32 of 44 people found the following review helpful
Abstract, meandering, out of touch,
Verified Purchase(What's this?)
This review is from: Gamer Theory (Hardcover)
This book is light on both theory and gaming. There are plenty of references TO theory, and Wark has the nebulously elliptical "the-form-is-the-content" style down pretty pat, but being an avid gamer of 20+ years and a working background in English theory did not prepare me for this book. I'm not sure what would, really. It's not really worth anyone's time to go into the book in-depth, but here are the most puzzling/frustrating aspects of the book:
Wark speaks of a "military entertainment complex" behind the ever expanding reach of video gaming in mainstream culture. He either actually believes this, or uses this phrase in the casually aloof post-structuralist fashion of (I assume) his idols. While the US Army has put out a few games in the last decade, conflating the "military industrial complex" with the video game industry (and its concurrent effect on pop culture) is laziness bordering on absurdity.
Sentences such as: "If history is an endless list of things that should not have happened, boredom is what refuses not to happen," "What the game highlights is a logistics of targeting, an economy of order against time--the battle of alternating between merger with, and separation from, the other," and "The realm of the not-game is the domain in which the gamer cannot act as a gamer."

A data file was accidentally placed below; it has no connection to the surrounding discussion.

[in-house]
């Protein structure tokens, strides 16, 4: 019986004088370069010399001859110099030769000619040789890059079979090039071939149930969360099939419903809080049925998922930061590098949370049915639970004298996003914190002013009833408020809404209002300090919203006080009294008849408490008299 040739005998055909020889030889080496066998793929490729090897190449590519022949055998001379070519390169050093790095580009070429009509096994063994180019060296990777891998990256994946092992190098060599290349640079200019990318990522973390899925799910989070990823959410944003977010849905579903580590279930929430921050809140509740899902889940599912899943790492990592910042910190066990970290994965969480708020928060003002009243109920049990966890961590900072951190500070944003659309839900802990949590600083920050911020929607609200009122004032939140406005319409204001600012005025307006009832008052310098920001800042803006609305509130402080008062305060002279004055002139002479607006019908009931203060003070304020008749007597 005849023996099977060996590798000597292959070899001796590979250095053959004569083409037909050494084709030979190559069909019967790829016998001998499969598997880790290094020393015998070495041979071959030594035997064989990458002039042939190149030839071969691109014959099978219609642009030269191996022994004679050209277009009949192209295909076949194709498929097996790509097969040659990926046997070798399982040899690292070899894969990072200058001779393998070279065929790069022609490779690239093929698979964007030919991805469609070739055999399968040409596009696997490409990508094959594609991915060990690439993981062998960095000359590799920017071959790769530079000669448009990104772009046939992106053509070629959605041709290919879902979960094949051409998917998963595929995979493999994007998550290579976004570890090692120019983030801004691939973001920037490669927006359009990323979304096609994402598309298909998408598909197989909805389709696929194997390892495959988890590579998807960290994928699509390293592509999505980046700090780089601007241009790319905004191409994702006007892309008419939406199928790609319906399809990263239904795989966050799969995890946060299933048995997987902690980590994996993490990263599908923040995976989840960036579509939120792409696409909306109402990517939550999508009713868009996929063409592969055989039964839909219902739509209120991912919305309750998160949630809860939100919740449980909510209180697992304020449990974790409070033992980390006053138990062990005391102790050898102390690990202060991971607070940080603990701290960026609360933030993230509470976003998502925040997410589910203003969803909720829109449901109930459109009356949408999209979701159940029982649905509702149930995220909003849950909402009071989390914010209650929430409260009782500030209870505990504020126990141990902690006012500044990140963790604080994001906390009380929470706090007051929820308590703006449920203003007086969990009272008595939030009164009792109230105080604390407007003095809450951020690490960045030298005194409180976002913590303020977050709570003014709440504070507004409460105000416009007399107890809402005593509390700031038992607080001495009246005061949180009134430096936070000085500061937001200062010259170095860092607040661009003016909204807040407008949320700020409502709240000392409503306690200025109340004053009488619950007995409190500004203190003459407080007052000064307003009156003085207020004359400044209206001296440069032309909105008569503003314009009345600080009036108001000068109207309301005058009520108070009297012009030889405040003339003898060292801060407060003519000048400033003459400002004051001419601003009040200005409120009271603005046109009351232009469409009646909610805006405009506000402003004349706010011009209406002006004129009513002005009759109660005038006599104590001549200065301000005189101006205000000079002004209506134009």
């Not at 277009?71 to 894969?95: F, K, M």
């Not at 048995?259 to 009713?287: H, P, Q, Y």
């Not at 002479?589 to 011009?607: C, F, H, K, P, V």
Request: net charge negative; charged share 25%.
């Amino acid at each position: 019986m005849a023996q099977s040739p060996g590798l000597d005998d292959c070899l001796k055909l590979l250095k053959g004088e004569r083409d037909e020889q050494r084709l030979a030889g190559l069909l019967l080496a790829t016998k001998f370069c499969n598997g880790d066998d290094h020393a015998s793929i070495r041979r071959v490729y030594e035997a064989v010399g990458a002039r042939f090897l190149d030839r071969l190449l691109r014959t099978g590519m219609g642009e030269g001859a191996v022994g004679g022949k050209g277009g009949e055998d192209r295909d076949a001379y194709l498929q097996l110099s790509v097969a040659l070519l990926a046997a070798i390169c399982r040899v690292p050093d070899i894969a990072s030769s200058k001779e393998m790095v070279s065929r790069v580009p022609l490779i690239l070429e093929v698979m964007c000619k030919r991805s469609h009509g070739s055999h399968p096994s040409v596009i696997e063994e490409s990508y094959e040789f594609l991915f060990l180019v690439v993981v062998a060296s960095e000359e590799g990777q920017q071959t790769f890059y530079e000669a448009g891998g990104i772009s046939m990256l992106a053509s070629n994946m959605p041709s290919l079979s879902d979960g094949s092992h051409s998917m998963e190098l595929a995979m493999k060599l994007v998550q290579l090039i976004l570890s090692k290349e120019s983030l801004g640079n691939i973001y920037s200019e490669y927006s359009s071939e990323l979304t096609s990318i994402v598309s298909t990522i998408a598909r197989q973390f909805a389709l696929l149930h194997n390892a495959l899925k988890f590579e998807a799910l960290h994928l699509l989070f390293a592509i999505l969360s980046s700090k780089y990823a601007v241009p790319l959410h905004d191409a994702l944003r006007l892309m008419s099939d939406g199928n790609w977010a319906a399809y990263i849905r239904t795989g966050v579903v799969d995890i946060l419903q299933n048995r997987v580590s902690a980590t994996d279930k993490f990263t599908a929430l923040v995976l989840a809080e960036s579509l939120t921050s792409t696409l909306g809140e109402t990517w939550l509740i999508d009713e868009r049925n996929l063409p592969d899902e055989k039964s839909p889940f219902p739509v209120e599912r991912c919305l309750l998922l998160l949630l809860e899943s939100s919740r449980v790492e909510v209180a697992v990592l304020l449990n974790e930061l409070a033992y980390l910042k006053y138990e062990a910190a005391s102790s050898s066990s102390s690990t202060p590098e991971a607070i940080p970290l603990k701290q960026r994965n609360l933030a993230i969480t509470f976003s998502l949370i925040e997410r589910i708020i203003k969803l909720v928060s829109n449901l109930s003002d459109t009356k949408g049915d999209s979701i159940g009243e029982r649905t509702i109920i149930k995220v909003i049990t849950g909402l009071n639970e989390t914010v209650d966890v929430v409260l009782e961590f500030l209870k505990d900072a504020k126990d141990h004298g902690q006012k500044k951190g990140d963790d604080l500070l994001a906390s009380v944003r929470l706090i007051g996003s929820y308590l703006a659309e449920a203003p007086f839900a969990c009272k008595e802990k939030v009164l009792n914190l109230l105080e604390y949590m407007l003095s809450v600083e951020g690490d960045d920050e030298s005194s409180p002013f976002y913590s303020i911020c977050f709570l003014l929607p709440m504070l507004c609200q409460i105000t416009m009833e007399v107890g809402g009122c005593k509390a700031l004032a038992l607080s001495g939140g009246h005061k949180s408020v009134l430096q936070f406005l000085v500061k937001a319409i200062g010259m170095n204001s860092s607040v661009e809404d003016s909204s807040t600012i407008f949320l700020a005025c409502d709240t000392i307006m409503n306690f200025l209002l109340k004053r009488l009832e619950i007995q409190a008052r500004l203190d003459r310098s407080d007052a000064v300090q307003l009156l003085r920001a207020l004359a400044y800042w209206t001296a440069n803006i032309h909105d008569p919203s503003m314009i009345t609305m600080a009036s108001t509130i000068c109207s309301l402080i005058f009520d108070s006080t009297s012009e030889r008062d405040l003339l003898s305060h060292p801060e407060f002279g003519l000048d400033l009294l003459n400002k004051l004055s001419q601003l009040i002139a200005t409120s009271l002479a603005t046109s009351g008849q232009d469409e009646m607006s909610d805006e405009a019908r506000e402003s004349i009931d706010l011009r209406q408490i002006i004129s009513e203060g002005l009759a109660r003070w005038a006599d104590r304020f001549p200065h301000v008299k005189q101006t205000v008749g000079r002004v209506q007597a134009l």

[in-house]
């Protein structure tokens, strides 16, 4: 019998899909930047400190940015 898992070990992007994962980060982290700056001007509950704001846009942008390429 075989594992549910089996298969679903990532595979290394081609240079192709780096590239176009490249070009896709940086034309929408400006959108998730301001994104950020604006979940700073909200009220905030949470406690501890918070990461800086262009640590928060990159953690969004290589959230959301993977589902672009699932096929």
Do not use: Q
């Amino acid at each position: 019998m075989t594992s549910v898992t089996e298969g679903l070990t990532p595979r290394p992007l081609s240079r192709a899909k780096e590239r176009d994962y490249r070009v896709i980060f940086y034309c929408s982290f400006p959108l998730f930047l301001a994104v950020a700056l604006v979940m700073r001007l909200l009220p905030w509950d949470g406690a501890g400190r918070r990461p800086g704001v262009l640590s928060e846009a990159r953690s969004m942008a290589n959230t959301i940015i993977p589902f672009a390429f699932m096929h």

There are plenty of charts and "illustrations" Wark cobbles together to make his point clearer. These aren't to be missed.
If you're interested in theory and how it can appear to sound as though it applies to a topic, read this book. If you're interested in video games and/or constructive uses of theory, don't.
Sort: Oldest first | Newest first
Showing 1-2 of 2 posts in this discussion
Initial post: May 21, 2011 10:40:09 PM PDT
K. Wark says:
Kyle, the military entertainment complex has nothing to do with the US Army putting "out a few games." Its about where technologies come from. Behind a good many of the components which make up the digital gaming universe are technologies funded by ARPA and its successor DARPA. This is so well established -- and by historians, and not "post-structuralist fashion" -- as not really to be a matter of debate.
In reply to an earlier post on Jul 18, 2011 12:52:39 PM PDT
It's really better if authors don't comment on their own reviews. Seems a little narcissistic.
Also, your work should stand or fall on its own.
‹ Previous 1 Next ›